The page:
Hog farmers have been given over three extra weeks to apply for loans under the federally-backed hog industry loan loss reserve program.
And the federal government has also agreed to shoulder more of the risk for program loans in cases where the money is headed toward repayment of federal advances.
Agriculture Minister Gerry Ritz on Wednesday announced the deadline for applications has been extended to March 26, from March 1.
“Producers have told me they need more time to develop their business plans, meet with lenders, and to negotiate the best terms and rates for their operations, and we’ve listened,” Ritz said in a release.
The government, which guarantees a portion of loans approved by participating lenders under the loan loss reserve plan, will also now take 90 per cent of the risk, up from 70, on loans destined for repayment of cash paid to hog farmers under the Advance Payments Program (APP).
“This change will translate in an increase of the reserve allocated to each financial institution to cover potential loan losses,” the government said in Wednesday’s release.
Paying off APP funds owed is a first requirement for farmers entering the loan loss reserve program. A participating lender assesses each applicant for eligibility.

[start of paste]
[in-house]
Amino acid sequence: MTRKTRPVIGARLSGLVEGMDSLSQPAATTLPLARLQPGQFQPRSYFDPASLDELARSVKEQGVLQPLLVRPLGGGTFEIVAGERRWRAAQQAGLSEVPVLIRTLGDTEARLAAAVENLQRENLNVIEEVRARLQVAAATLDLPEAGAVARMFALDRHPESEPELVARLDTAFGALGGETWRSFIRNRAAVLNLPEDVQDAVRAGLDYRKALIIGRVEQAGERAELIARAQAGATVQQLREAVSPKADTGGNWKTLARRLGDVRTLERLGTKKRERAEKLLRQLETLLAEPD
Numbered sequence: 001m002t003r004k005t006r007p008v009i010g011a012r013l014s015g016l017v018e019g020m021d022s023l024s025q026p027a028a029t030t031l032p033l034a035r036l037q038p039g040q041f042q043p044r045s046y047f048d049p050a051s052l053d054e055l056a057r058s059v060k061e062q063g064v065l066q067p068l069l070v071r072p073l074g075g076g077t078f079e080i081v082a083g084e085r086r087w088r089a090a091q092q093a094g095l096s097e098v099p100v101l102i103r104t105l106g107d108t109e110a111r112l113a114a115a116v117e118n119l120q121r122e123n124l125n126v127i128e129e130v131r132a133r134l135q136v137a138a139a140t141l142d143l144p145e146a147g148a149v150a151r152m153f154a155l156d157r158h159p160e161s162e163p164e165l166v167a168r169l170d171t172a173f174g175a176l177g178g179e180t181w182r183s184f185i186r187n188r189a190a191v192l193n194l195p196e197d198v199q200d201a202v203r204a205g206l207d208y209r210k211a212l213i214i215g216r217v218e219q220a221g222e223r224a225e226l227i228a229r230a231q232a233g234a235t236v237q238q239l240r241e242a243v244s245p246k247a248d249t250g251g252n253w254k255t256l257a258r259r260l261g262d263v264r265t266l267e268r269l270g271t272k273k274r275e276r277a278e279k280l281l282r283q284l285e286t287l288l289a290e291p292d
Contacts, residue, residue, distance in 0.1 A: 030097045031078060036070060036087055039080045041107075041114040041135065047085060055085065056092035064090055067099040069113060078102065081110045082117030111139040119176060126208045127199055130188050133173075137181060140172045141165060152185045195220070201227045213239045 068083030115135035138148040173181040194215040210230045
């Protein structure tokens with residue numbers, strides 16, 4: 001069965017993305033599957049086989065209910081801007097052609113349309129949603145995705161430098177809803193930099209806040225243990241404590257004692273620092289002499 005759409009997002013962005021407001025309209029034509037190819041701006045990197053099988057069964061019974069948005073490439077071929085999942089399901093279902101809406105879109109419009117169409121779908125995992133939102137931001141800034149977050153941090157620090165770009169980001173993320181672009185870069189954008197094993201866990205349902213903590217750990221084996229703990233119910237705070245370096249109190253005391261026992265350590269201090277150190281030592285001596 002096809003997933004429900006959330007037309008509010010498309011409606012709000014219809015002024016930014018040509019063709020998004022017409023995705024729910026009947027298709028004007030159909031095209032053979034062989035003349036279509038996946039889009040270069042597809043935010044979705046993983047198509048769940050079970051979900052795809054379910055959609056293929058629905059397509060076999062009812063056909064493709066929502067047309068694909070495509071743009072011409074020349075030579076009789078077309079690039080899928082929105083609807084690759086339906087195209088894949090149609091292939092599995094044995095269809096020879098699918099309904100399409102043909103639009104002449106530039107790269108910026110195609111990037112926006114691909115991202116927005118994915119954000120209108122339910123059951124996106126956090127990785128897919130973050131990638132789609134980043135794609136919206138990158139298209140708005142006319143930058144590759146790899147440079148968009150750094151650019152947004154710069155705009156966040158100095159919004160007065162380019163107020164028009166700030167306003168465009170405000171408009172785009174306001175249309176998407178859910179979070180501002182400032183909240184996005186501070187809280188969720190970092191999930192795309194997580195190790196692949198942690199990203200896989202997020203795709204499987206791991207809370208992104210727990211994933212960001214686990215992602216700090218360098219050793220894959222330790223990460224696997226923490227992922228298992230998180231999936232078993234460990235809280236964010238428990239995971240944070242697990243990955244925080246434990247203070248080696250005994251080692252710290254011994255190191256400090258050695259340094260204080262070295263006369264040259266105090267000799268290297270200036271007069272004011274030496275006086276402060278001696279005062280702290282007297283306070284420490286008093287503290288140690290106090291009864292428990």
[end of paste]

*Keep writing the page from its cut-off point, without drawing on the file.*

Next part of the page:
Some hog farmers previously wondered aloud why they should take part in the loan loss reserve program, when it means taking a loan that’s 100 per cent guaranteed by government (the APP advance) and replacing it with a loan that puts some of the risk with the lender.
Eligible hog producers must also provide business plans which show their businesses are or can be viable and have a “reasonable prospect” of repaying a loan.
The program, first announced in August last year, “is not meant to add more debt to a business, but to help producers spread their short-term debt payments over a longer period of time, thereby freeing up cash in the near term,” the government said.
The loan loss reserve program is open to individual farmers, partnerships, corporations, joint ventures, body corporates and trusts that have hog operations in Canada and aren’t already taking part in the government’s hog farm transition program.
“These changes will provide producers additional time to review their business plans,” Jurgen Preugschas, chairman of the Canadian Pork Council, said in a separate release Wednesday, “and we hope (the changes allow) financial institutions to issue additional loans under the program.”